Hope Dwindles For ECOWAS Single Currency
Despite the leaders of the Economic Community of West African States (ECOWAS) declaring last month that they will push ahead with a single currency by 2020, a report from Renaissance Capital, an emerging and frontier markets-focused investment bank, has described it as an effort in futility.
A single currency for ECOWAS has been on the agenda for at least a generation. Over a decade ago, the target was a single currency for the West African countries not already in the CFA franc zone, to be established in 2015, and then integrated with the West African Economic and Monetary Union (WAEMU) countries by 2020.
The report said, “in a bid to enact this single currency, the West African Monetary Institute was set up – and still exists. Its last annual report was for 2015 and the latest statistical data on its website is for 2011-2012. Nothing we can find suggests the “by 2020” date is realistic”.
Significantly, the report added that Nigeria’s critique that a single currency is unwise at this time is valid and that an East African single currency by 2024 is also unlikely.
But the report said Ghana is keen for a single ECOWAS currency by 2020, even without Nigeria.
The market has entirely ignored the leaders of ECOWAS who on 21 February reaffirmed their commitment to a single currency for up to 15 ECOWAS member states, to be enacted by 2020.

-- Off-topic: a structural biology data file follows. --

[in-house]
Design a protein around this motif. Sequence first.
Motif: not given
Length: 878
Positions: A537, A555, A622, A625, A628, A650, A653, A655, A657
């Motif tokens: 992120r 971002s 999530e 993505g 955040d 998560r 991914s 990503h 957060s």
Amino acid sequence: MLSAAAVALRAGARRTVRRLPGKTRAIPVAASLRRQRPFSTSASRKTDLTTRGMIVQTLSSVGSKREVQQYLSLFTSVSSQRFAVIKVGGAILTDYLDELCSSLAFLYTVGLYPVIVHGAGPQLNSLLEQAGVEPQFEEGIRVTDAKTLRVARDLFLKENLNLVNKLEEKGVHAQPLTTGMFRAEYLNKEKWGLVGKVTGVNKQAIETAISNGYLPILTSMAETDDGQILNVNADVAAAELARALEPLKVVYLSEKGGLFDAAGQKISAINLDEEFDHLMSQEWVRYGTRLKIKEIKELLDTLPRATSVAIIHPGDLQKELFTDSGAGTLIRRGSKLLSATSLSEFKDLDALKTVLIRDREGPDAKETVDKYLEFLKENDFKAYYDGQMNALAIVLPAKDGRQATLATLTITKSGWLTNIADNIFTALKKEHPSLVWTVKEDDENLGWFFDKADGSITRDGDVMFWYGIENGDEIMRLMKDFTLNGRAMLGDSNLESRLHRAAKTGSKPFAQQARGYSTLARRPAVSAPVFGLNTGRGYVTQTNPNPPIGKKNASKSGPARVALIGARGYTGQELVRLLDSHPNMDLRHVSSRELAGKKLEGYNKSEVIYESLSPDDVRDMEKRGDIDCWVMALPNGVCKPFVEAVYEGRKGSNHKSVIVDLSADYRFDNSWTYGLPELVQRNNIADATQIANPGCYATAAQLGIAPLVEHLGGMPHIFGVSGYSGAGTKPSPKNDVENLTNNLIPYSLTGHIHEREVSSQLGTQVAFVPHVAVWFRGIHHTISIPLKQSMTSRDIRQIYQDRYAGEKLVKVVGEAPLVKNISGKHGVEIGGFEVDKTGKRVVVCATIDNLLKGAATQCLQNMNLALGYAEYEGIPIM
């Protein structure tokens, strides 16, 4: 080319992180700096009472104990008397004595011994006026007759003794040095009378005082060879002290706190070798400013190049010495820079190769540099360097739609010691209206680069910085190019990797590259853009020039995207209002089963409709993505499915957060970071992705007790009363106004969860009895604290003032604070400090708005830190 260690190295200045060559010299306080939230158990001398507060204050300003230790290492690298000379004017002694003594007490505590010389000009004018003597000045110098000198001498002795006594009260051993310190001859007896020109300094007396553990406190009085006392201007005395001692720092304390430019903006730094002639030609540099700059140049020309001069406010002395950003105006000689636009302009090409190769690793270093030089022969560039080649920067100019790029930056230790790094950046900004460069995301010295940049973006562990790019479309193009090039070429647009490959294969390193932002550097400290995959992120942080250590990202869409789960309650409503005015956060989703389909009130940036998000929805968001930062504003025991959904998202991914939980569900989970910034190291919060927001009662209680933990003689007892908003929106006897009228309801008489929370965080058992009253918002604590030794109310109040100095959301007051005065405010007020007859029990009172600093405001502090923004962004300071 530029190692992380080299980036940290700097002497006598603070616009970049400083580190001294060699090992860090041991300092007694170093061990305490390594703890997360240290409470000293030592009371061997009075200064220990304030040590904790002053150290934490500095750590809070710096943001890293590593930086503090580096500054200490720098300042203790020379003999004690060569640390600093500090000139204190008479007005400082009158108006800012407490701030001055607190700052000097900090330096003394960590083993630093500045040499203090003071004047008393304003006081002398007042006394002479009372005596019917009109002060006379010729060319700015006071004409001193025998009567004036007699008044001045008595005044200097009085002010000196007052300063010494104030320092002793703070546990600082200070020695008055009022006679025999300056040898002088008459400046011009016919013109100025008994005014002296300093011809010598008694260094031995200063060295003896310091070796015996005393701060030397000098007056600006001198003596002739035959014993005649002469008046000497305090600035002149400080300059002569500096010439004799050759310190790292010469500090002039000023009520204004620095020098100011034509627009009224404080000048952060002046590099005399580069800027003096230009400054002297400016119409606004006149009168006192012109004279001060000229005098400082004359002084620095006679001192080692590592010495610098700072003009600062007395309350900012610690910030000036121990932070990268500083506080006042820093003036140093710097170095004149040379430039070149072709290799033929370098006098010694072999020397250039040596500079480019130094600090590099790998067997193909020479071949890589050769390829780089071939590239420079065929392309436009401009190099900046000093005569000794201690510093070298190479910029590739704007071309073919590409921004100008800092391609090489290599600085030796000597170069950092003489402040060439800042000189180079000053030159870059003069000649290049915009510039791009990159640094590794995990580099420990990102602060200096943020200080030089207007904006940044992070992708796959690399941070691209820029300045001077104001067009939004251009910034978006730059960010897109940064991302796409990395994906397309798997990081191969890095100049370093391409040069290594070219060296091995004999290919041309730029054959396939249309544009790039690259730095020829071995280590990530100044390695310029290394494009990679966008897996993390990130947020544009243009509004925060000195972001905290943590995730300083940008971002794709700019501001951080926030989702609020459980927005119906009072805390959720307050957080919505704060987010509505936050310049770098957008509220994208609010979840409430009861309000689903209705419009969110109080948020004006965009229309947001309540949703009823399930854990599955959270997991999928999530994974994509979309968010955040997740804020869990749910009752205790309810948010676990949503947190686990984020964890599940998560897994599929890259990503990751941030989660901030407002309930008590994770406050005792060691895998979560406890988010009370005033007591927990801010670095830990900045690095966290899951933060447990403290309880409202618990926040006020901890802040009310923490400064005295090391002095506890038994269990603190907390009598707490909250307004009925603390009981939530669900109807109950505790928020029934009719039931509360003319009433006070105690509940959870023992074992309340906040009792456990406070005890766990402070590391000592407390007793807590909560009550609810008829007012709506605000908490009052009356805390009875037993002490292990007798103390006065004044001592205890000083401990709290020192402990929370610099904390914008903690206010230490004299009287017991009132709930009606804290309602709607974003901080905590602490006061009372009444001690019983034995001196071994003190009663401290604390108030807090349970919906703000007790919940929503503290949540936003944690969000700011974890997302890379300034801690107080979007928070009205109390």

This is partly explicable because Nigeria has made clear its lack of interest in joining the single currency at this stage.
The report said while ECOWAS had a GDP of $566 billion in 2017 (IMF estimate) or 25 percent of Africa’s and 37 percent of SSA’s GDP, without Nigeria, the figures are less significant at $171 billion and 8 percent and 11 percent, respectively, of which half would be accounted for by Ivory Coast and Ghana alone.
“But more important for the market is that 2020 looks impossible to achieve, in our view, which raises the question as to why the target was reiterated and whether it is, in fact, a good idea”, the report said.
The push for the single currency by Ghana at this time, according to the report, was because the Bank of Ghana policy rate is 20 percent, while WAEMU short rates are around 2-3 percent as the 10-year bond yields at 15.7 percent in Ghana would halve if they could converge at WAEMU borrowing costs.
It added that Ghana could enjoy a boom as its local debt servicing costs would plunge by 50-90 per cent, and the cost of private sector borrowing could fall sharply too.
Going forward, the report said, “encouraging an extreme boom-and-bust cycle is not our primary concern though with the ECOWAS plan. Our core worry is that Ghana, in particular, is well placed to pull ahead of WAEMU countries in a dramatic fashion in the coming decade. Literacy data imply it can industrialise now, and grow at a sustainable 6-9 percent annually, while WAEMU countries cannot do so for another generation, and Nigeria is unlikely to do so for a decade.
“This would lead to very significant structural differences within ECOWAS, which will be highly challenging for any central bank to manage. Meanwhile, we struggle to see why WAEMU countries would drop the CFA which seems to be working well, for an untested new currency regime”.